Wednesday, June 16, 2010

The Geography of Bliss: Eric Weiner

The title alone was enough to catch my interest, but it was the subtitle that really hooked me: One Grump's search for the Happiest Places in the World. That pretty much sums up The Geography of Bliss. Ten chapters, ten counties, and a whole book of ideas on what it means to be happy.

Eric Weiner is a world news correspondent for National Public Radio and self-proclaimed grump. He has lead a successful career in the midst of a fairly unhappy life. After reporting stories from some of the most miserable places on Earth, Weiner wonders what it would be like to instead search the globe for the happiest places in the world. This leads to a consultation with Ruut Veenhooven, a Dutch professor and world renowned scholar of Happiness. Veenhoven and his cohorts have compiled a database that measures the overall happiness of every country in the world. Weiner travels to various counties and meets with locals (and some non-locals) to find out what makes a county happy, or more specifically, what makes for a happy person.

Though I took a long time getting through this book, I loved it. I'm a travel nut, and Weiner has an immense talent at describing a scene. He also writes with humor that had me laughing out loud on almost every page. The characters he meets--despite being real people, they are in fact characters--are wonderful, wise, charming people who each have a different set of beliefs and feel differently about Happiness as a goal. I couldn't possibly list all ten countries and tell you what Weiner learns about happiness in each one, but I can give you some highlights.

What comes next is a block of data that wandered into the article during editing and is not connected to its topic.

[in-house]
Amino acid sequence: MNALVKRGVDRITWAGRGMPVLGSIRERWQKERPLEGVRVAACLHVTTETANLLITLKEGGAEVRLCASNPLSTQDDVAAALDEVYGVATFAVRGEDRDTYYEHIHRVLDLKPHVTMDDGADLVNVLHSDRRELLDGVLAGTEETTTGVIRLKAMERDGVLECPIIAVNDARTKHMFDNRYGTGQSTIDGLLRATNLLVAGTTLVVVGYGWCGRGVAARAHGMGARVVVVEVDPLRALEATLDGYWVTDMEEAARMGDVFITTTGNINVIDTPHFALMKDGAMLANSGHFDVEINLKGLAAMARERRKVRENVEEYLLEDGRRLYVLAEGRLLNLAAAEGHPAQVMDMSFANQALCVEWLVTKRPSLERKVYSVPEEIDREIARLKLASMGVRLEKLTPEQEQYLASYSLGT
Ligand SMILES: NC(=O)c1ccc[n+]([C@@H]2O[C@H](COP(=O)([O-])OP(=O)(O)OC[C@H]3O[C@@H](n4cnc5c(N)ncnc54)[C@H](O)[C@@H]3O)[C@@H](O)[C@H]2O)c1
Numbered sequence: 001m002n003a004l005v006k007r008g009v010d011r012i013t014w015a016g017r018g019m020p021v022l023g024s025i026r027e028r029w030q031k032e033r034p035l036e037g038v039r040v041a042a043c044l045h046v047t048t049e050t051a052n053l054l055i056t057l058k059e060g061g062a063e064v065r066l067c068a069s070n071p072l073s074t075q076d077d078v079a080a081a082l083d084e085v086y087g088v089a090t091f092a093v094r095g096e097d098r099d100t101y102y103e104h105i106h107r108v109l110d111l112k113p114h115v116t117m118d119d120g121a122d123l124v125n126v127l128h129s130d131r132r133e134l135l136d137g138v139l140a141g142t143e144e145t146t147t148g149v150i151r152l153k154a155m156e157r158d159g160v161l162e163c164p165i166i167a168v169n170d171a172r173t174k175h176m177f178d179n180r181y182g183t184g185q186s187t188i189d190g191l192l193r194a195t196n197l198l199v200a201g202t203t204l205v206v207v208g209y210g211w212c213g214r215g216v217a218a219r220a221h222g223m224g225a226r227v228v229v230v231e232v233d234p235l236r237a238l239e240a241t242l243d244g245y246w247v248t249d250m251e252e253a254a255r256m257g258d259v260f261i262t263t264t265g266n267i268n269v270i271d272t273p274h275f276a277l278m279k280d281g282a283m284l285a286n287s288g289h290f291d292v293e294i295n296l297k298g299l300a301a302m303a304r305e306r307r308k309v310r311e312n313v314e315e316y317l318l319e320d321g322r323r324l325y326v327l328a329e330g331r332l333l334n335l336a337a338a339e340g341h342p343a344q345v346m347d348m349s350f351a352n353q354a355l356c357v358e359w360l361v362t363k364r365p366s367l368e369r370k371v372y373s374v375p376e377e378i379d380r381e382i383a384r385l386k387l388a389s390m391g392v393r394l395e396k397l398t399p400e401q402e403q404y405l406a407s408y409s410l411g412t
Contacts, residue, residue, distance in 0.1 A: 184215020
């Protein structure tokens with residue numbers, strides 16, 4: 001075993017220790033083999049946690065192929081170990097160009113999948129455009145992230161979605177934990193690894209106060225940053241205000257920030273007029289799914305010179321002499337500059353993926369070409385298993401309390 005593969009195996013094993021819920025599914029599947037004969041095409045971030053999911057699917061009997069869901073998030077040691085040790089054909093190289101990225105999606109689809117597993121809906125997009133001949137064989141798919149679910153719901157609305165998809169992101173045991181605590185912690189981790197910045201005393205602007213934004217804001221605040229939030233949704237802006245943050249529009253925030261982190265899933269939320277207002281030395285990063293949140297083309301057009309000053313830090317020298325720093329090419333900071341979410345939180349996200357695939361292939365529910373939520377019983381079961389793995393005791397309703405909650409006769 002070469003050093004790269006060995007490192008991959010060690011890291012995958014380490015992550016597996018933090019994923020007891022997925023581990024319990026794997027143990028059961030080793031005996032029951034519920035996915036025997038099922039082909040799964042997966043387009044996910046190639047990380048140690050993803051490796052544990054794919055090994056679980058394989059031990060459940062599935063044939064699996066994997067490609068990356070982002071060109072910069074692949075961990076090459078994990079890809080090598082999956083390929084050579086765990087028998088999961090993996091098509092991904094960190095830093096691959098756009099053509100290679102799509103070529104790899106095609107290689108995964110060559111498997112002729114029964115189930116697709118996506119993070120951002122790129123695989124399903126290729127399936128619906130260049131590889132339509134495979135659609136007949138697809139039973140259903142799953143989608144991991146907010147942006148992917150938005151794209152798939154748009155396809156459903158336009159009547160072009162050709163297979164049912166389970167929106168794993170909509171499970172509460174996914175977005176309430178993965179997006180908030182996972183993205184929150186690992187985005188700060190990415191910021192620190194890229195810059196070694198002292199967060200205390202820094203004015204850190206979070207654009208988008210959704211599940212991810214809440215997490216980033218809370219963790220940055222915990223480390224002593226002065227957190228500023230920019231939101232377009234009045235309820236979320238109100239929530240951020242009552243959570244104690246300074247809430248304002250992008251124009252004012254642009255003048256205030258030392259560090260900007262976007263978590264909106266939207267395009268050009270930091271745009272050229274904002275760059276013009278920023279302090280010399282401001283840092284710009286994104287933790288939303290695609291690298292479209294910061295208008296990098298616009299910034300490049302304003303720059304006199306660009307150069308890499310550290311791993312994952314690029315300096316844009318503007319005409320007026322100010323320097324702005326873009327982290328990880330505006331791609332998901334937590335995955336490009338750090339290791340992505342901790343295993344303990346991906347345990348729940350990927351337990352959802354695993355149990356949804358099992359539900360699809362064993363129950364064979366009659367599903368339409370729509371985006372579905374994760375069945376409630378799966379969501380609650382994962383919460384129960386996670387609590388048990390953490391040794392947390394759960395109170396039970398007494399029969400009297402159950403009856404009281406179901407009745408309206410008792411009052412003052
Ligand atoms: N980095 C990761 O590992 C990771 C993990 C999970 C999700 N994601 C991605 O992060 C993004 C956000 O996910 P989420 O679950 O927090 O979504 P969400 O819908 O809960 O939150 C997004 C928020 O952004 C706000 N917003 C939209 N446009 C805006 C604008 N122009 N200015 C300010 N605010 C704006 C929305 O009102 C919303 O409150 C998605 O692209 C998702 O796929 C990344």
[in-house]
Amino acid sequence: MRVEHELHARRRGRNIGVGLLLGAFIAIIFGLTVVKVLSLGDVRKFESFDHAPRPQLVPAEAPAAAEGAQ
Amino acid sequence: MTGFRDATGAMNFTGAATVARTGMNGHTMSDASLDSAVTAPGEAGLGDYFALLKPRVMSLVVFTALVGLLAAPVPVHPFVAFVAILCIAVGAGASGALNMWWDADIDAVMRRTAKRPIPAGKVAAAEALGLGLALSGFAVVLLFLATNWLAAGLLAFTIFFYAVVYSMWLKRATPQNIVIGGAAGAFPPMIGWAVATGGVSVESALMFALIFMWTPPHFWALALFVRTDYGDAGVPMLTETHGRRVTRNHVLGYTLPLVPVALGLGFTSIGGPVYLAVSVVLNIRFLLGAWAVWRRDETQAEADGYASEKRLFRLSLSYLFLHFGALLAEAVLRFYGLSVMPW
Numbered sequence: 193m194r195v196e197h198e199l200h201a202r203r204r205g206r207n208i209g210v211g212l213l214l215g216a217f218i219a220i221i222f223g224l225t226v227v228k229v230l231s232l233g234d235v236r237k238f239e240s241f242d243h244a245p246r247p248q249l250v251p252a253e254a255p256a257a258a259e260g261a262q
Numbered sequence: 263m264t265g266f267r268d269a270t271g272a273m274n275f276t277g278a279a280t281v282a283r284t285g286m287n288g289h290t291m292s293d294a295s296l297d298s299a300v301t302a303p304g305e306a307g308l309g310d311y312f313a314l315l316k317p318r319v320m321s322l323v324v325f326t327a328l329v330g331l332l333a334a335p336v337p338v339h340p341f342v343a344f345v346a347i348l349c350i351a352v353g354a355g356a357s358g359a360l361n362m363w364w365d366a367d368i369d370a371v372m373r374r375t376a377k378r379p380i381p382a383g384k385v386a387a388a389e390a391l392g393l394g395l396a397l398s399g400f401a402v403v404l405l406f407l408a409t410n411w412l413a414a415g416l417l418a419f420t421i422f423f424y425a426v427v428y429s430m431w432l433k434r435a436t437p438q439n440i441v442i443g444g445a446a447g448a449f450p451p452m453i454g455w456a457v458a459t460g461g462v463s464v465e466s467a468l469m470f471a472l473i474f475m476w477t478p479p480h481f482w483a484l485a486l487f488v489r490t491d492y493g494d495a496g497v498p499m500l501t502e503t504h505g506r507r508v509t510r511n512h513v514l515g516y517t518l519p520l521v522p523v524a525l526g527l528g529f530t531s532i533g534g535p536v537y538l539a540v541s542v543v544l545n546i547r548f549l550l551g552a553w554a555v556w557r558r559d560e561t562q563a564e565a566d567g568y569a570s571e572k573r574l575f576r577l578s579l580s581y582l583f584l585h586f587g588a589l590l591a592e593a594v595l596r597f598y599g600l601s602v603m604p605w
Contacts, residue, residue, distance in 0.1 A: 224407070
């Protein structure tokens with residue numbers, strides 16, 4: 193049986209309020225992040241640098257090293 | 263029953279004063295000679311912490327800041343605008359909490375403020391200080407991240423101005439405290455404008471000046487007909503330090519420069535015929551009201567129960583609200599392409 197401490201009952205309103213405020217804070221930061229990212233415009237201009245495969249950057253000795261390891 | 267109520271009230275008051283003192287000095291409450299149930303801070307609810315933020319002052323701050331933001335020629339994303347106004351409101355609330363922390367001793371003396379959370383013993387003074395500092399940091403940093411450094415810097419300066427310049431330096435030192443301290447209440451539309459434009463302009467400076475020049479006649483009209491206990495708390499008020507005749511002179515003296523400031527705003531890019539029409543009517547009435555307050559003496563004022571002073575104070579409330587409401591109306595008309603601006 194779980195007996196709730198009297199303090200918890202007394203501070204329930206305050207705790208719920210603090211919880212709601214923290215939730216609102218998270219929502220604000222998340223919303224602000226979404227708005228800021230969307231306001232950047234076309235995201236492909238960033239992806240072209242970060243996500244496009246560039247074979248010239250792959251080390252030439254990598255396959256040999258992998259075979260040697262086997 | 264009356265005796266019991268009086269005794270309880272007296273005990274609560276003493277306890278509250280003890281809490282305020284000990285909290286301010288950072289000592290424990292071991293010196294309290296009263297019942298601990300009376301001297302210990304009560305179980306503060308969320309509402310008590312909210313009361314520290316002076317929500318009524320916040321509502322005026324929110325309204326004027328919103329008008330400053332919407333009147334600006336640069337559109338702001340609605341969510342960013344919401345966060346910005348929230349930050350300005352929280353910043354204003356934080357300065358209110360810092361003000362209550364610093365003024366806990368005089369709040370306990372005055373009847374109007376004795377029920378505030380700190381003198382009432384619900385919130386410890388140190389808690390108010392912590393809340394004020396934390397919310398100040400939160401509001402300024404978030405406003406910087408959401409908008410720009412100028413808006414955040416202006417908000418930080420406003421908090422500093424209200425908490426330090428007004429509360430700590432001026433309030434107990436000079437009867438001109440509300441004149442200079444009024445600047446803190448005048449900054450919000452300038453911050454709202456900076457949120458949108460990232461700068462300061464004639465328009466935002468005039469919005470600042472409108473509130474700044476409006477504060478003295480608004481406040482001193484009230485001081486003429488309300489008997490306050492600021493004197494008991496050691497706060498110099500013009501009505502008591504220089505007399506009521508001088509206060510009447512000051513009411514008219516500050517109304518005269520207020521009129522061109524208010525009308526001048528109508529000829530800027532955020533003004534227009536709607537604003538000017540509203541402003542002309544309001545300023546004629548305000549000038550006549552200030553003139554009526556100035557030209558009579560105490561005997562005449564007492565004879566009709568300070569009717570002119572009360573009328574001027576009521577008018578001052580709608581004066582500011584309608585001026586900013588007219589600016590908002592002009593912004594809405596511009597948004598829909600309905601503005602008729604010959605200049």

• Switzerland is one of the Happiest places in the world. This is largely due to their excellent timing, their large quantities of good chocolate (that would do it for me!), and their impeccably clean public toilets. Envy is the root of unhappiness, so the Swiss are very careful not to boast their wealth.
  • Iceland is also one of the Happiest places in the world. They live in perpetual darkness and slide around on treacherous ice half the year. They drink themselves into a stupor on the weekends, and have faith only in their history rather than in any god. Icelandic people believe that trust is the key to happiness, so they choose to trust one another and therefore, behave in a way that is trustworthy.
  • Moldova is one of the unhappiest places on Earth. It is a county without culture or money. The people are resigned to the way things are. They are neither Russian nor are they Soviets. The Moldovan people are all doom and gloom and don't work very hard at making any changes.
  • Thailand is often thought of as a Happiness Paradise. It is tropical, with lovely beaches, and all of that Buddhism floating around is very relaxing. Because Thais believe in reincarnation, they aren't all that worried about what they do or don't do in this lifetime. They believe that thinking is the enemy of happiness. The moment that you think about what will make you happy, you have already lost happiness. Therefore, the Thais simply go through life trying not to think too much about anything, but just enjoying what IS.
Unfortunately, Weiner never did tell me exactly how to be happy. But his travels explained a lot about how the world views happiness and how people expect to achieve it. I may not have the answer yet, but I certainly have something to think about.

Rating: $$$

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